This course primarily aims to provide undergraduate students an introduction to and survey of the leading critical issues and theories across ‘literary studies.' Since the 1970s, studies in English have grown increasingly transdisciplinary—certainly taking up cultural studies, entertainment arts, and more. The objects of interpretation, ‘texts,' have broadened and afforded many interconnections. Thinking about how we read can bring theory to better practice and help us read and think with fresh insights. In short, in this course we will consider carefully how we and others read, analyze texts, and compare interpretations, and we will practice doing this across a relatively wide range of types of texts. We'll use one book, Jonathan Culler's Very Short Introduction to Literary Theory, add some reserves articles, and read as many different kinds of texts as we can together. We'll have a few short essays over the semester, some of which will be based on individual and group selections.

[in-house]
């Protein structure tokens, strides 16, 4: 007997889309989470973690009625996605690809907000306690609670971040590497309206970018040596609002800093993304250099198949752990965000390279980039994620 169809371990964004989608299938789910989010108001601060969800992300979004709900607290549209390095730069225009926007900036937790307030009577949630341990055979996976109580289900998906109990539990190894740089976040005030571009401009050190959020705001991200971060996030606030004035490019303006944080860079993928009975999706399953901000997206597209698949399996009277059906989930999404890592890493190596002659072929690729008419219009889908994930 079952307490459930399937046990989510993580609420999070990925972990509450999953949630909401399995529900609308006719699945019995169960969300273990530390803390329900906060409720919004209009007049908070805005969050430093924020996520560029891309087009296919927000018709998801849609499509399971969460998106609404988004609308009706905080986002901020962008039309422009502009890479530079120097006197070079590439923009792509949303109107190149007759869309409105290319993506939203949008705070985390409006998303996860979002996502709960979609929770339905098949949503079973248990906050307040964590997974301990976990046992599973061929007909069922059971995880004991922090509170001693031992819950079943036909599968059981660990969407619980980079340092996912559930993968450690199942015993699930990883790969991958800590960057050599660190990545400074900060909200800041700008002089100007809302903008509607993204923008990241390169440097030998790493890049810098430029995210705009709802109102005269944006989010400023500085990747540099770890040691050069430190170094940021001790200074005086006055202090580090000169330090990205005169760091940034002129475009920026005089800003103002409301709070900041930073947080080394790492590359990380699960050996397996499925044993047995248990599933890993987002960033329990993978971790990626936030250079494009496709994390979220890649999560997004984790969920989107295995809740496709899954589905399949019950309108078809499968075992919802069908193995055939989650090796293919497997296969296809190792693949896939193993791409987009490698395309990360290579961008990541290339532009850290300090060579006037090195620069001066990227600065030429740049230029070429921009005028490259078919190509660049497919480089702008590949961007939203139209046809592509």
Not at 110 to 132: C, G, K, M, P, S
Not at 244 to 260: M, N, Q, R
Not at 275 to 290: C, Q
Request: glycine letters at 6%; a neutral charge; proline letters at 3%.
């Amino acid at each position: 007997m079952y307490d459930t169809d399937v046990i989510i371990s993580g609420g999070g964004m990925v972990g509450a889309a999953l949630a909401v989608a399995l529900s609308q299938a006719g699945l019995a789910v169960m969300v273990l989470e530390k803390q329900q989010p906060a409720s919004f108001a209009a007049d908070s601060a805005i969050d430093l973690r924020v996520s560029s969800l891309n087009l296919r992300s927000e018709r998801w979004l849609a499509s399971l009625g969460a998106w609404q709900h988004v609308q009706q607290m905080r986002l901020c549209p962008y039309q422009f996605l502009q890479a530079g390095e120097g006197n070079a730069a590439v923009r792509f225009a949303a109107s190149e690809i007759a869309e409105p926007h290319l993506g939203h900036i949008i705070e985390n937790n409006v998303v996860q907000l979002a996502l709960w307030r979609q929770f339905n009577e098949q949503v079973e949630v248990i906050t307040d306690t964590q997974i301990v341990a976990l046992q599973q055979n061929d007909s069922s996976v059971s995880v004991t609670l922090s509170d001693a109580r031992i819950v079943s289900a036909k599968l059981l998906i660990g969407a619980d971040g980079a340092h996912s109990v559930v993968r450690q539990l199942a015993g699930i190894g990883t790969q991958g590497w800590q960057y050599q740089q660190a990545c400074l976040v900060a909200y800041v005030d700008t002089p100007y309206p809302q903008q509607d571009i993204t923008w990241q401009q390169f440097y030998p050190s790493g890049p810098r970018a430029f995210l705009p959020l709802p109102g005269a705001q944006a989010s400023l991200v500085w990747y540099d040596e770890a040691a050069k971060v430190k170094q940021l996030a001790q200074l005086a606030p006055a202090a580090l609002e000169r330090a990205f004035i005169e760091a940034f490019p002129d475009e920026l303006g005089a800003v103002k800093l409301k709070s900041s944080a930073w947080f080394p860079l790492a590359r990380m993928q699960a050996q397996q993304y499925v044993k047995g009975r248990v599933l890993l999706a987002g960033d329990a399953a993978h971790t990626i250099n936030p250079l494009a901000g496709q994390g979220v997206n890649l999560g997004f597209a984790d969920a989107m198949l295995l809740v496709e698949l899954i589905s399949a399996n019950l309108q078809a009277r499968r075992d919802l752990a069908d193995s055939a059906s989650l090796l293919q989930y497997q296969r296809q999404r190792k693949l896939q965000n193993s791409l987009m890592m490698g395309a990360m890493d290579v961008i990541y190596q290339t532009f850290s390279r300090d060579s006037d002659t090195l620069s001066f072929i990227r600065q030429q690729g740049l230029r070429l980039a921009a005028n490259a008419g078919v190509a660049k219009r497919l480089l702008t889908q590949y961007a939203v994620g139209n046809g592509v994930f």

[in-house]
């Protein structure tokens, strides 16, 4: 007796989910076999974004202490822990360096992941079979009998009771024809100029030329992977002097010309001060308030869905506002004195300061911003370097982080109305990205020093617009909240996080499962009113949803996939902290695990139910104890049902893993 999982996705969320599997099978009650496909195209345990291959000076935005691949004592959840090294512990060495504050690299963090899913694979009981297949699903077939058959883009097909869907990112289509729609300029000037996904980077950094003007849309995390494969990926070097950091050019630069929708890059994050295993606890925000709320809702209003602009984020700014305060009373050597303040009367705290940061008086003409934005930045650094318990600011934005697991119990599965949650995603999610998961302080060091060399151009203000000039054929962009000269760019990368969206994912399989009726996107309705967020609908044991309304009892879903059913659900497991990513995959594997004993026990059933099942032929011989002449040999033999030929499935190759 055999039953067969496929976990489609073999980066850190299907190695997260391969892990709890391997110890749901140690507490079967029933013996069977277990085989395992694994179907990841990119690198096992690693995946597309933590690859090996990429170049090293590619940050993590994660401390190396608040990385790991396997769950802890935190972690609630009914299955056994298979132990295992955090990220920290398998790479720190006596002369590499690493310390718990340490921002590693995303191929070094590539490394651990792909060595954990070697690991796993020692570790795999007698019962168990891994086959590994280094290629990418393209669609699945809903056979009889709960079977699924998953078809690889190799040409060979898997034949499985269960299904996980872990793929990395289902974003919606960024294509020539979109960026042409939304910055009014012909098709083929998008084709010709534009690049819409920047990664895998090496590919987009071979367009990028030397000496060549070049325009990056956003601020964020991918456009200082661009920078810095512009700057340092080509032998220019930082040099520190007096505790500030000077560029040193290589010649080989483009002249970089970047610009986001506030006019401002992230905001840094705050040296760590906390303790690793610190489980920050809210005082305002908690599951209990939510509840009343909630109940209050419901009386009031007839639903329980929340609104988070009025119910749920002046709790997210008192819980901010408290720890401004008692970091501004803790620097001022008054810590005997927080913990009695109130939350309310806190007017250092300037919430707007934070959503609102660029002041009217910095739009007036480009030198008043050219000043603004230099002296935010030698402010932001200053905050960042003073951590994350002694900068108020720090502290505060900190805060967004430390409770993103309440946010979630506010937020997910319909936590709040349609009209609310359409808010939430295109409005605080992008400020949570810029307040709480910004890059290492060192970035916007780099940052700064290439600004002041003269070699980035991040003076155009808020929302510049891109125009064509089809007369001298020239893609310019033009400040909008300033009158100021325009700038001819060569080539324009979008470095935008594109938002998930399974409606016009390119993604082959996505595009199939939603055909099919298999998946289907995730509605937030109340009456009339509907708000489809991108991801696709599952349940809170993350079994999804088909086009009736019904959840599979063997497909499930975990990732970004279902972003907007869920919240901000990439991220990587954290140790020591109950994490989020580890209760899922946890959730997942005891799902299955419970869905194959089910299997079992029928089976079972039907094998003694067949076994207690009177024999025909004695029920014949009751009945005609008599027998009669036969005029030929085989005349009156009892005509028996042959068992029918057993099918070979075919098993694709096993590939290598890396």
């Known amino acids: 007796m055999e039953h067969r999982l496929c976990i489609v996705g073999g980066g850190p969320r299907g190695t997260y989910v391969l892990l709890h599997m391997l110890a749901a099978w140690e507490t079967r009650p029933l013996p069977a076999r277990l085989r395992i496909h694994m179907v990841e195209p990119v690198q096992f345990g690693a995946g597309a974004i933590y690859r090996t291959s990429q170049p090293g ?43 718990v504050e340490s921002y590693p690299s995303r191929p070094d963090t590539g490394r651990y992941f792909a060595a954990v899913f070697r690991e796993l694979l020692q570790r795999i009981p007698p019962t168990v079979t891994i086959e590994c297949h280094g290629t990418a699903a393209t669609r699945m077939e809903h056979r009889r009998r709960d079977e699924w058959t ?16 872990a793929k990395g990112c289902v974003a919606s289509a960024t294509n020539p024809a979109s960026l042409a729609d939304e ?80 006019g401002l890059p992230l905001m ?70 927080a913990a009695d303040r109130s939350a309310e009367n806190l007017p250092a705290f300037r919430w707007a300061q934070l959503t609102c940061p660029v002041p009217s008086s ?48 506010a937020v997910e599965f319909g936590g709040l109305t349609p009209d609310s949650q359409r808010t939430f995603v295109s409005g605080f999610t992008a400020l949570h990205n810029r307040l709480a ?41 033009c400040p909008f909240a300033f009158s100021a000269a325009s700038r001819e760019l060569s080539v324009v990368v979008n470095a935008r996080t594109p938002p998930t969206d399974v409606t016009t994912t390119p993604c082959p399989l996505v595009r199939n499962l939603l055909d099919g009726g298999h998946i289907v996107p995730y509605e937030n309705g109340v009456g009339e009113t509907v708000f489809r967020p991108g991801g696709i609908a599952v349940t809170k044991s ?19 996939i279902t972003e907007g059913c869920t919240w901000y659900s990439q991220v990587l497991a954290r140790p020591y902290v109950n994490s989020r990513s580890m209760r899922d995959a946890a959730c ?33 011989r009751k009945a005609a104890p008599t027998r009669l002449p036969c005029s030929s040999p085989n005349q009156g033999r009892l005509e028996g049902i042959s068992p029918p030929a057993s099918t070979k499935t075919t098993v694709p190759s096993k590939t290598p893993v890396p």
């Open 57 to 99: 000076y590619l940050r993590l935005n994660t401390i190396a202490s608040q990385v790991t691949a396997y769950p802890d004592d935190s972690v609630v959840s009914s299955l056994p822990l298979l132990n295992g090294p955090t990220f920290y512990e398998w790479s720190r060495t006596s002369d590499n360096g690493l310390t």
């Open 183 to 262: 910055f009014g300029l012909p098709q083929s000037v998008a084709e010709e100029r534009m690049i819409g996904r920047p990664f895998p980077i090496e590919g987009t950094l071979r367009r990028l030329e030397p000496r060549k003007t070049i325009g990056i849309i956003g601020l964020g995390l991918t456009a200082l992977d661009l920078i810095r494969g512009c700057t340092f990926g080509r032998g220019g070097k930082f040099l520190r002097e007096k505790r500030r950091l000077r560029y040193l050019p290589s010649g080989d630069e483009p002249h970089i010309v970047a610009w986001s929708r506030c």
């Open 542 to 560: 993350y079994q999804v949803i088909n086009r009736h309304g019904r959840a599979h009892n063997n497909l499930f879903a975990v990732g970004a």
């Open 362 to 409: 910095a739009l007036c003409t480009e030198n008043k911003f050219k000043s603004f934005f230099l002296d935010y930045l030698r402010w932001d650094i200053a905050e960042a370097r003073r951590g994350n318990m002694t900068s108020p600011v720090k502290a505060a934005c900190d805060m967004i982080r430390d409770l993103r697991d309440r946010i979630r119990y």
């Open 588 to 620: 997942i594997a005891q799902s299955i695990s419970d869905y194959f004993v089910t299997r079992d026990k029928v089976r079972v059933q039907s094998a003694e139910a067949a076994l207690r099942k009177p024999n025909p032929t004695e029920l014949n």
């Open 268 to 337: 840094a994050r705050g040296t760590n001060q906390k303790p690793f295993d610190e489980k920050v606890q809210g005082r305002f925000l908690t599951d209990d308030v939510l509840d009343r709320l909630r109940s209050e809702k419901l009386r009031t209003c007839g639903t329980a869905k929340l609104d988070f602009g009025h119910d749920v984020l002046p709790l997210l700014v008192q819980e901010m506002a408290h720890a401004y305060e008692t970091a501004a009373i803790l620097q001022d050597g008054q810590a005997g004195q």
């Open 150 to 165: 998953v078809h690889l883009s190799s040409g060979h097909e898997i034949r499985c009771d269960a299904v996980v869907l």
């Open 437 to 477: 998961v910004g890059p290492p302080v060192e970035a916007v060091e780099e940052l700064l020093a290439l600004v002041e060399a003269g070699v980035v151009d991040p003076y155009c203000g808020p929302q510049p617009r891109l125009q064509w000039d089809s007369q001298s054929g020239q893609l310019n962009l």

ENGL 3302 British Literature Before 1066 - Gens Anglorum: Literature and History in Early Medieval England

Dr. Brian McFadden
Thursdays, 6:00 - 8:50 PM
Onsite CRN: 31530; Online CRN: 60847

""